While the Super Committee meets behind closed doors in a last-ditch effort to reach its goal of reducing the nation’s debt by $1.5 trillion over the next ten years, both political parties are preparing for failure ahead of the November 23rd deadline. Rather than finding constructive ways to solve the national debt Republicans and Democrats are busy launching pre-emptive blame bombs at the other side.
But in this game, the will of the American public is being ignored yet again.
A Gallup poll from this week found that 66% of Americans say unemployment and the economy is the most important issue facing the country. Only 6 percent in the poll said that the federal deficit is the most important issue.
According to a new Politico/George Washington University/Battleground poll, 39% of Americans say Congress should focus on the economy and jobs. Just 19% say they should focus on government spending and the budget deficit (39 percent to 19 percent)
The Congress is working totally at odds with this overwhelming national sentiment.
I'm not the only person who feels this way. In fact, this is very obvious to a lot of people, including some members of Congress and even the third-ranking Republican leader Sen. Lamar Alexander (Tenn.). As reported by The Hill newspaper, "a bipartisan group of more than 150 House and Senate lawmakers renewed their call for the Super Committee to “go big” and strike at least a $4 trillion deal that included new tax revenues, entitlement reforms and discretionary spending cuts." Alexander "argued that Republicans on the Super Committee needed to offer more revenues if the deficit panel hopes to balance the country’s books.
“This is about more than money, it’s about whether the president and the Congress can competently govern,” Alexander said.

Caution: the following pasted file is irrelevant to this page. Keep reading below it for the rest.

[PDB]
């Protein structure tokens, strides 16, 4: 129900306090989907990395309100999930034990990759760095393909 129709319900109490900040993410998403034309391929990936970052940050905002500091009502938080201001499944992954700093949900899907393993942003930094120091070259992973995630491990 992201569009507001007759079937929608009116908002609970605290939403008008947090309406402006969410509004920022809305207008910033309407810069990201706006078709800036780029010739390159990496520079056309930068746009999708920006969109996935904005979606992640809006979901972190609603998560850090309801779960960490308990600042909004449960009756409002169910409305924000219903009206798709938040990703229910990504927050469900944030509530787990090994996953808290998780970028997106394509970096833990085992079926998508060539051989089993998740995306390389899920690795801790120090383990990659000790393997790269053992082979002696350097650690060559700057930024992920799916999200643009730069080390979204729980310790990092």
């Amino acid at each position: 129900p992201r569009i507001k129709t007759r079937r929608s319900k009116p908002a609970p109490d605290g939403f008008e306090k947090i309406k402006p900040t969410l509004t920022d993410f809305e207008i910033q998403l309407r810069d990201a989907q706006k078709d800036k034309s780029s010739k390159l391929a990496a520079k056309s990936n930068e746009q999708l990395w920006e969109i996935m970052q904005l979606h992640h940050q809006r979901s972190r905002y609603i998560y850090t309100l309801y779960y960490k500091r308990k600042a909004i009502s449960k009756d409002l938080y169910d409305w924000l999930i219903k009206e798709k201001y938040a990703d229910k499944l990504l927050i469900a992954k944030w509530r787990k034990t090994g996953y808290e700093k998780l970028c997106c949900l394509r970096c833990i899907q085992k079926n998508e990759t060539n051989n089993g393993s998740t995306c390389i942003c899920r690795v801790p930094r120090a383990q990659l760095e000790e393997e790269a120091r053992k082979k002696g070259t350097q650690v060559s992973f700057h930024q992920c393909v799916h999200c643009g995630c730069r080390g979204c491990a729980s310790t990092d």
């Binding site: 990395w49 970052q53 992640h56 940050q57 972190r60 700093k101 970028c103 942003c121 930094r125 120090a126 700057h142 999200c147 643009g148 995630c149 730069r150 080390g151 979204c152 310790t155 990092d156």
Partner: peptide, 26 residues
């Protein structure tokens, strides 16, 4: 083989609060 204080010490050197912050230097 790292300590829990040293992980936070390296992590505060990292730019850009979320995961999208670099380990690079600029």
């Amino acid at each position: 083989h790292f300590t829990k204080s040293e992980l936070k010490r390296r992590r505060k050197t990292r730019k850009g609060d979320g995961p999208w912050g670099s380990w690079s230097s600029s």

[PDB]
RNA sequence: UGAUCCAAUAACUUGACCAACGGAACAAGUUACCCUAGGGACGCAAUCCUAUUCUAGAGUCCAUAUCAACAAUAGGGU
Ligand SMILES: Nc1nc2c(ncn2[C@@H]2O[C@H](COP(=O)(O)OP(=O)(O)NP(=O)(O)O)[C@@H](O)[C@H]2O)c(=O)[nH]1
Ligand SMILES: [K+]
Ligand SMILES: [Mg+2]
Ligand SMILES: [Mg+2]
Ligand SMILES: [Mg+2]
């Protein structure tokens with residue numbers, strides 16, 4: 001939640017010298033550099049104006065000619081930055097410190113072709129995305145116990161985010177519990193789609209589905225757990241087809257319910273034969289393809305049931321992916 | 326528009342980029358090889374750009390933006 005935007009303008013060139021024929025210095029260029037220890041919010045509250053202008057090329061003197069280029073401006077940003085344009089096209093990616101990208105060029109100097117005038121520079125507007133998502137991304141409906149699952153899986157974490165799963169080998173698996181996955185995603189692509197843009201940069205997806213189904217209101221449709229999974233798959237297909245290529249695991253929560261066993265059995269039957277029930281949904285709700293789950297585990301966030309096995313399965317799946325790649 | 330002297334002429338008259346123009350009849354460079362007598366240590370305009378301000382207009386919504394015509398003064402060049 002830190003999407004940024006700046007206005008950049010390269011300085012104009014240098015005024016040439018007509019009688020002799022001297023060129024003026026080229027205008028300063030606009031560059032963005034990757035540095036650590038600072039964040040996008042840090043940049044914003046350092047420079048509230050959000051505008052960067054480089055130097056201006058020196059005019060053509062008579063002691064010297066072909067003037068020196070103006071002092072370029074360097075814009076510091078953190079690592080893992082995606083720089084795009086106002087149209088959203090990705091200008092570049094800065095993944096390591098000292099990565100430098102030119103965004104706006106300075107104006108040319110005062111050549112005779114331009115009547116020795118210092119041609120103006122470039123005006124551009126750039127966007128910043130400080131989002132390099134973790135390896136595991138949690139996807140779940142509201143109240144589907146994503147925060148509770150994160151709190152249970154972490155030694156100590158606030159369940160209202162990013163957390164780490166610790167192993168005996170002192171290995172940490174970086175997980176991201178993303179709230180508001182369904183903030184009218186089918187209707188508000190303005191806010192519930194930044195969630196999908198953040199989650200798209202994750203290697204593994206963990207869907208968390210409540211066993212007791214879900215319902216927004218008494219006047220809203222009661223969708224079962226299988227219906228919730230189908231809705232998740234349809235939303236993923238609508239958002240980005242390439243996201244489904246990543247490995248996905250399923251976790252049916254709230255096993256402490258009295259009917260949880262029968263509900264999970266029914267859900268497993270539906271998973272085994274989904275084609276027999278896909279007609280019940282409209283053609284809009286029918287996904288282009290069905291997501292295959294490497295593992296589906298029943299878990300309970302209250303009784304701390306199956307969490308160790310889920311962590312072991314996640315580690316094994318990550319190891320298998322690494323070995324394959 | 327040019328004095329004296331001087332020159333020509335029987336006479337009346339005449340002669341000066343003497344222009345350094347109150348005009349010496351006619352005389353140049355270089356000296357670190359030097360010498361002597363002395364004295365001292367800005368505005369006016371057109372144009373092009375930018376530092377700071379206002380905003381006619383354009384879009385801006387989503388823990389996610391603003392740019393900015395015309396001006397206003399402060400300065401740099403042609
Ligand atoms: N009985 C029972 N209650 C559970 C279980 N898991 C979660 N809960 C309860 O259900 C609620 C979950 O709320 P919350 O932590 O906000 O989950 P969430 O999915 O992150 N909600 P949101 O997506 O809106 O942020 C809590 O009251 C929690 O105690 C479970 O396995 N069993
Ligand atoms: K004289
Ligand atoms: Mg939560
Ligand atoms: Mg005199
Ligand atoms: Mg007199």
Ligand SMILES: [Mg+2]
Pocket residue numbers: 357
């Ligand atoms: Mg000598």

“We now have Republicans who have put revenues on the table [and] we have Democrats on the supercommittee who have put entitlements on the table.
“Both need to put more on the table and get a result, and we’re here to support them,” he said.
But sadly, it seems that at the moment, all of the energy is Washington is directed at budget cutting and reducing the deficit. The debate is not whether to cut but how much to cut.
Wall Street investors want to know there is some plan to control the debt. But they want it as part of a larger strategy to get the economy going. All of this self-righteous talk of the need for austerity and shared sacrifice is an invitation for the market to go bearish and send the economy into a double-dip recession.
Investors and corporations, the job creators that the GOP claims to champion, are saying they want the Super Committee to focus on investing more money in the U.S. economy to support the frail recovery.
And small business wants easier access to capital from banks while big corporations want increased consumer confidence to drive sales.
None of this is served by what is going on in the debt debate. If ever there was a moment when the government is ignoring the will of the people, this is it.
To repeat: The American worker, American business and American consumers are looking for a reason to be optimistic that the economy is going to get moving again.